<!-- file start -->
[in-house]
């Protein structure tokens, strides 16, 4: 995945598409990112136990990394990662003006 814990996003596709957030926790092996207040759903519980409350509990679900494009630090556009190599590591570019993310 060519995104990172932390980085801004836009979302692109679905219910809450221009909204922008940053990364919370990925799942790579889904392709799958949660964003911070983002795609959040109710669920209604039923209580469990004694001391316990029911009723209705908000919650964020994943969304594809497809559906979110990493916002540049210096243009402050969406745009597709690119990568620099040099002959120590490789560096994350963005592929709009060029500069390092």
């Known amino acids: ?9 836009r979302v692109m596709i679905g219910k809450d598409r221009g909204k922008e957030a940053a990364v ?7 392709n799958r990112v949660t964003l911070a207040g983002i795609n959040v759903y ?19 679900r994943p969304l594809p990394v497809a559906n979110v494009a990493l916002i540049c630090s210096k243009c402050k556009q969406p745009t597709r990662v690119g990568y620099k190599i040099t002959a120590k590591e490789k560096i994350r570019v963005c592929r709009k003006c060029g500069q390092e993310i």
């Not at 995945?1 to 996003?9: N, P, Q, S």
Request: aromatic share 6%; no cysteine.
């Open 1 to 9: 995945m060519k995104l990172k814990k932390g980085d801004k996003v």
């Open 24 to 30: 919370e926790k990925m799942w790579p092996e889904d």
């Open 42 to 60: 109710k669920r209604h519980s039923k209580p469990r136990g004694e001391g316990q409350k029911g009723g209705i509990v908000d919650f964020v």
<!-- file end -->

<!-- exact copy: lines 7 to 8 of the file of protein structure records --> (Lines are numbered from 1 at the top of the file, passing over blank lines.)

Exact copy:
């Open 24 to 30: 919370e926790k990925m799942w790579p092996e889904d």
């Open 42 to 60: 109710k669920r209604h519980s039923k209580p469990r136990g004694e001391g316990q409350k029911g009723g209705i509990v908000d919650f964020v």